During Empower 2014, the talk of the town was doing things the right way from the very beginning. While many of the presenters conceded that the planning stages of implementation can be challenging, they unanimously agreed that the dedication of time and effort paid off in the long run.
As Dr. Farid Amin, Technical Solutions Architect of Acenden Limited, noted, “The design element is the most important, because if you have to go back and amend it, you have a serious problem.” Too many things can go wrong without careful and thoughtful planning around your organization’s potential growth and future use cases.
Here are three tips for planning a successful—and long-lasting—ECM implementation.
1) Start at the End
Mark Gilbert – Research VP, Gartner
While starting with a solid plan is excellent preparation for implementation, the plan itself doesn’t have to start at the beginning. In fact, clearly defining your end goal upfront is generally the most effective approach. “The more you document where you want to go, the faster you’ll get there,” said Mark Gilbert, Research Vice President at Gartner.
For example, Franklin County started with its desired result and then worked backward to map out how an automated process would get there. Clearly defining the project goals enabled the county to organize its repository folder structure, configure entry access rights and set up workflows in the most logical manner for what it was trying to achieve.
“We probably spent four to six months in the planning phase, but getting those personnel files into Laserfiche properly has had an enormous payback for us,” says John Aguirre, Director of HR at Franklin County.
2) “Whiteboard” Every Process You Want to Automate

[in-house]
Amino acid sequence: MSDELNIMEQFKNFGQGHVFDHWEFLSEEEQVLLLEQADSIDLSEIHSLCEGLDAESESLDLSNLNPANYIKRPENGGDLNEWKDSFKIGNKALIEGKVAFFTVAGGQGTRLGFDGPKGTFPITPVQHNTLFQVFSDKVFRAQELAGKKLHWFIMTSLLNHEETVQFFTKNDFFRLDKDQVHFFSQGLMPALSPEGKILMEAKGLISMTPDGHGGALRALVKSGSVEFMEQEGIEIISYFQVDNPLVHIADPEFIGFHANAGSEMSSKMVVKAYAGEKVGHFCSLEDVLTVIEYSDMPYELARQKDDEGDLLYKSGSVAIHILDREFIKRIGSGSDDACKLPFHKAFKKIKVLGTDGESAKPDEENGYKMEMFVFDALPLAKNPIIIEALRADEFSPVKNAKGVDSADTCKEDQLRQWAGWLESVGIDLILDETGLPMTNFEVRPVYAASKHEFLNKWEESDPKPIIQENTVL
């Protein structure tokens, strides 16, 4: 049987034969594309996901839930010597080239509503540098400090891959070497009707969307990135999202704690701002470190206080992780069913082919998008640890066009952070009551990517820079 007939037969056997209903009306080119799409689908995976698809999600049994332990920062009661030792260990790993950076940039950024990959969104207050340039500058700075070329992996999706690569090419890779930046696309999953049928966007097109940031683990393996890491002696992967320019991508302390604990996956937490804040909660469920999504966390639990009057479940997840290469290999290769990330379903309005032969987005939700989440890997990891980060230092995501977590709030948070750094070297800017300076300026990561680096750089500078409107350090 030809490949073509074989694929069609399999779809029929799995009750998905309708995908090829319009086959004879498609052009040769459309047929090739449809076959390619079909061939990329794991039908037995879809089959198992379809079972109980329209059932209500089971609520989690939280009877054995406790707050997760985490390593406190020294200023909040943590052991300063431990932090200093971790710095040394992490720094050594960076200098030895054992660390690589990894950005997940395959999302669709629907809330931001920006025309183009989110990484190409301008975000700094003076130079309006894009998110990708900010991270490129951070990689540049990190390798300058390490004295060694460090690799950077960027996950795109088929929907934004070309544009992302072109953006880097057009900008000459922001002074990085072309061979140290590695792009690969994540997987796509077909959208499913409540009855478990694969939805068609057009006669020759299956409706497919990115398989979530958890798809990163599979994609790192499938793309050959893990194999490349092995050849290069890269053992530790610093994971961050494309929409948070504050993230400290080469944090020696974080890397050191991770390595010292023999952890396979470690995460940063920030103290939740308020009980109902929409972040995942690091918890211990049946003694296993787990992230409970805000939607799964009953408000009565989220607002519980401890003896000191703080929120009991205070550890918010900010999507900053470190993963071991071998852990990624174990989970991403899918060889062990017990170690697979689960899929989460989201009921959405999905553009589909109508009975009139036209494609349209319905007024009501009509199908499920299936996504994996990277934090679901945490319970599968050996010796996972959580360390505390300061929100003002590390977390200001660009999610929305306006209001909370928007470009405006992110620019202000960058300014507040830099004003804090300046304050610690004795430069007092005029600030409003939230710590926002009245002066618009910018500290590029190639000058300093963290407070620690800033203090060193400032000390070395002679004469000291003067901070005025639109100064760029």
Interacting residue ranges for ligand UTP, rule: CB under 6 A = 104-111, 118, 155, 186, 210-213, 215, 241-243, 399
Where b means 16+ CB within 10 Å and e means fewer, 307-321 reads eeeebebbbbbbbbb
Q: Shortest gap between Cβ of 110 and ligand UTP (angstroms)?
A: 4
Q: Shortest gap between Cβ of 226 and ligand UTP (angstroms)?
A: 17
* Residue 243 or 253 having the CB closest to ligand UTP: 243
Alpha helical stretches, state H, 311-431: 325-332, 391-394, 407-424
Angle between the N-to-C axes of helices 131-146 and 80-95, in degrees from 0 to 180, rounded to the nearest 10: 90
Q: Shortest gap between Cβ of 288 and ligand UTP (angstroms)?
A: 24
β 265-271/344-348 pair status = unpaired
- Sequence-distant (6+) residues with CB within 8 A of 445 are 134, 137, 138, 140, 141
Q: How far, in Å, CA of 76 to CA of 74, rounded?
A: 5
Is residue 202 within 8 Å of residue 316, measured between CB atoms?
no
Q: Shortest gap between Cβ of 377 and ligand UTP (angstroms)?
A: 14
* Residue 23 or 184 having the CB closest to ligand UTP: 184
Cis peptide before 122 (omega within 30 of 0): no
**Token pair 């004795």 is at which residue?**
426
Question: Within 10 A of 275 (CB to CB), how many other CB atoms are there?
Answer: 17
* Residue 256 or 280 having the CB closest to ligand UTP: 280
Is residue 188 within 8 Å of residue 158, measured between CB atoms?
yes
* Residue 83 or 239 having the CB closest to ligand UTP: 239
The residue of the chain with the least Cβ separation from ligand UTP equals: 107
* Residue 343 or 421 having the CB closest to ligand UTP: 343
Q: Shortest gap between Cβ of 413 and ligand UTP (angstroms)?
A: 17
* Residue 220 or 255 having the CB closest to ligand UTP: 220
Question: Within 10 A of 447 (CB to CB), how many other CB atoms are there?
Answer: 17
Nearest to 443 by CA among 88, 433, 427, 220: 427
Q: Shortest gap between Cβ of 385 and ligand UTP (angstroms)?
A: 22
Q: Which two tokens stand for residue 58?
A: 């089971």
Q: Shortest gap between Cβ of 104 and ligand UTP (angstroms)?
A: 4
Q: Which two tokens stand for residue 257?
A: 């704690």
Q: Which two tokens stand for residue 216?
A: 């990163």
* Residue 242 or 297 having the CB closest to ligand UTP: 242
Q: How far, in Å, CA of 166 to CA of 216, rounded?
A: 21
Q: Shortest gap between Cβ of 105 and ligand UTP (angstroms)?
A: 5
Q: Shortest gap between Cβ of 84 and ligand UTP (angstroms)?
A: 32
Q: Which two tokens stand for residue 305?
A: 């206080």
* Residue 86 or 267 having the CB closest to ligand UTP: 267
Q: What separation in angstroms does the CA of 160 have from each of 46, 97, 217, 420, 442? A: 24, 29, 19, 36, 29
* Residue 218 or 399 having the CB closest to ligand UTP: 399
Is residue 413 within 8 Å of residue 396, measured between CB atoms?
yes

John Barragan, COO, Girard Securities
John Barragan, COO of Girard Securities, Inc., said during Empower 2014 that his team took three to four days to whiteboard each of the company’s processes before the firm’s IT department even had a chance to touch the new ECM software. Doing this kind of legwork was helpful for several reasons:
- It allowed Girard to audit its processes and to take out any unnecessary steps, streamlining operations.
- With the entire team in the room, everyone was able to see how every role contributed to each process.
- Everyone involved had a chance to provide input on how to make the process better.
- When it came time to implement, Girard’s IT department knew exactly how to build the approved workflows for each of the processes.
Start diagramming your organization’s processes today with this simple overview: How to Diagram a Business Process
3) Understand the End User
There’s nothing wrong with configuring a system in the way that you would use it—except when you’re not the one who’ll be using it. During the implementation planning stage, it’s important to get the end users involved since they really are the experts on the process. They’ll be able to tell you what makes sense and what doesn’t.
“You can have the best software in the world, but if the end user isn’t comfortable with it, they won’t use it,” said Maureen Reynolds, Deputy County Clerk, Tompkins County, NY.